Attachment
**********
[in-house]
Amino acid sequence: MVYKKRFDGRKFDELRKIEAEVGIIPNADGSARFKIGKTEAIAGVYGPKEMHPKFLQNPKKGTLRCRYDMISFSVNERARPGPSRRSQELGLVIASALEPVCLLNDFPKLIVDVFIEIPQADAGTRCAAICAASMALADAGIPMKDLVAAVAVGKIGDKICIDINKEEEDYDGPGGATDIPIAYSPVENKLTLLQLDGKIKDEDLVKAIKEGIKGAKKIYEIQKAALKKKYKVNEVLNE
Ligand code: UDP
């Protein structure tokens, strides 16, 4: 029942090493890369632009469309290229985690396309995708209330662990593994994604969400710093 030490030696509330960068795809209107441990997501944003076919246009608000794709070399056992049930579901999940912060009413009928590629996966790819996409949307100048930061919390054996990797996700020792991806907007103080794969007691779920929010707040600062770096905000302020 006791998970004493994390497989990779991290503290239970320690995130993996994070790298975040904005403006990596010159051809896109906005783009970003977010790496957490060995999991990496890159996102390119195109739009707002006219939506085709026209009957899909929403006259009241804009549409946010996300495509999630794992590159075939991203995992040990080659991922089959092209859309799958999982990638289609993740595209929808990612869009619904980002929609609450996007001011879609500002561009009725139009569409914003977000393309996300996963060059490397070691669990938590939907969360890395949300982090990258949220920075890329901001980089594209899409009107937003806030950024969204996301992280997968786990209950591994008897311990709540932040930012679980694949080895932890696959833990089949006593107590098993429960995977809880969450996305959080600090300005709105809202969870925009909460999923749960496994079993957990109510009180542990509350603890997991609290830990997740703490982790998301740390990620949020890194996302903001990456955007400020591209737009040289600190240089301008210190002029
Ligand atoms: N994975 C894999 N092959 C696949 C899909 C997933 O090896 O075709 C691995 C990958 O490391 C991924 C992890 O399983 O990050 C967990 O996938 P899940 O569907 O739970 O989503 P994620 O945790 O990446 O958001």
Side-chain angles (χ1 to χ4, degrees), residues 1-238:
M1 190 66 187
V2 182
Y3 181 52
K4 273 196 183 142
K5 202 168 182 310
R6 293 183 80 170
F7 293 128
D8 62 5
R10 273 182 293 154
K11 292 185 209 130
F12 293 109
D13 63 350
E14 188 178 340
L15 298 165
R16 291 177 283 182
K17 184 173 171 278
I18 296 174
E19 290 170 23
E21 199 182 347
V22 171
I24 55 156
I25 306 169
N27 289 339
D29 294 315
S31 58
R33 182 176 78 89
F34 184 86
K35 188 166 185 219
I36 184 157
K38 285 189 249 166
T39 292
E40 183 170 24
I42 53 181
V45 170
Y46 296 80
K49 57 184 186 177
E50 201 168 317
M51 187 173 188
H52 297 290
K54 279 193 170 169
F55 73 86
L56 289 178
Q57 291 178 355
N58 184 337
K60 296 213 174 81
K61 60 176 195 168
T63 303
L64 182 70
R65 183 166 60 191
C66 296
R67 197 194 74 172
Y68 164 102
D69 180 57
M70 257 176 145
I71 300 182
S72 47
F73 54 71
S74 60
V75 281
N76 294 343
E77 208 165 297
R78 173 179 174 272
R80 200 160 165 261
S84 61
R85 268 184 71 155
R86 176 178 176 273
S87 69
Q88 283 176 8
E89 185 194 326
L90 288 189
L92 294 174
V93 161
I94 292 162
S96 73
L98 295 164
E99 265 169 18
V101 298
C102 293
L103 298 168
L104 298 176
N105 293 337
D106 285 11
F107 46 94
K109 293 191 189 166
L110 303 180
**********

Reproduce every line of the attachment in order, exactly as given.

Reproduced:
[in-house]
Amino acid sequence: MVYKKRFDGRKFDELRKIEAEVGIIPNADGSARFKIGKTEAIAGVYGPKEMHPKFLQNPKKGTLRCRYDMISFSVNERARPGPSRRSQELGLVIASALEPVCLLNDFPKLIVDVFIEIPQADAGTRCAAICAASMALADAGIPMKDLVAAVAVGKIGDKICIDINKEEEDYDGPGGATDIPIAYSPVENKLTLLQLDGKIKDEDLVKAIKEGIKGAKKIYEIQKAALKKKYKVNEVLNE
Ligand code: UDP
């Protein structure tokens, strides 16, 4: 029942090493890369632009469309290229985690396309995708209330662990593994994604969400710093 030490030696509330960068795809209107441990997501944003076919246009608000794709070399056992049930579901999940912060009413009928590629996966790819996409949307100048930061919390054996990797996700020792991806907007103080794969007691779920929010707040600062770096905000302020 006791998970004493994390497989990779991290503290239970320690995130993996994070790298975040904005403006990596010159051809896109906005783009970003977010790496957490060995999991990496890159996102390119195109739009707002006219939506085709026209009957899909929403006259009241804009549409946010996300495509999630794992590159075939991203995992040990080659991922089959092209859309799958999982990638289609993740595209929808990612869009619904980002929609609450996007001011879609500002561009009725139009569409914003977000393309996300996963060059490397070691669990938590939907969360890395949300982090990258949220920075890329901001980089594209899409009107937003806030950024969204996301992280997968786990209950591994008897311990709540932040930012679980694949080895932890696959833990089949006593107590098993429960995977809880969450996305959080600090300005709105809202969870925009909460999923749960496994079993957990109510009180542990509350603890997991609290830990997740703490982790998301740390990620949020890194996302903001990456955007400020591209737009040289600190240089301008210190002029
Ligand atoms: N994975 C894999 N092959 C696949 C899909 C997933 O090896 O075709 C691995 C990958 O490391 C991924 C992890 O399983 O990050 C967990 O996938 P899940 O569907 O739970 O989503 P994620 O945790 O990446 O958001």
Side-chain angles (χ1 to χ4, degrees), residues 1-238:
M1 190 66 187
V2 182
Y3 181 52
K4 273 196 183 142
K5 202 168 182 310
R6 293 183 80 170
F7 293 128
D8 62 5
R10 273 182 293 154
K11 292 185 209 130
F12 293 109
D13 63 350
E14 188 178 340
L15 298 165
R16 291 177 283 182
K17 184 173 171 278
I18 296 174
E19 290 170 23
E21 199 182 347
V22 171
I24 55 156
I25 306 169
N27 289 339
D29 294 315
S31 58
R33 182 176 78 89
F34 184 86
K35 188 166 185 219
I36 184 157
K38 285 189 249 166
T39 292
E40 183 170 24
I42 53 181
V45 170
Y46 296 80
K49 57 184 186 177
E50 201 168 317
M51 187 173 188
H52 297 290
K54 279 193 170 169
F55 73 86
L56 289 178
Q57 291 178 355
N58 184 337
K60 296 213 174 81
K61 60 176 195 168
T63 303
L64 182 70
R65 183 166 60 191
C66 296
R67 197 194 74 172
Y68 164 102
D69 180 57
M70 257 176 145
I71 300 182
S72 47
F73 54 71
S74 60
V75 281
N76 294 343
E77 208 165 297
R78 173 179 174 272
R80 200 160 165 261
S84 61
R85 268 184 71 155
R86 176 178 176 273
S87 69
Q88 283 176 8
E89 185 194 326
L90 288 189
L92 294 174
V93 161
I94 292 162
S96 73
L98 295 164
E99 265 169 18
V101 298
C102 293
L103 298 168
L104 298 176
N105 293 337
D106 285 11
F107 46 94
K109 293 191 189 166
L110 303 180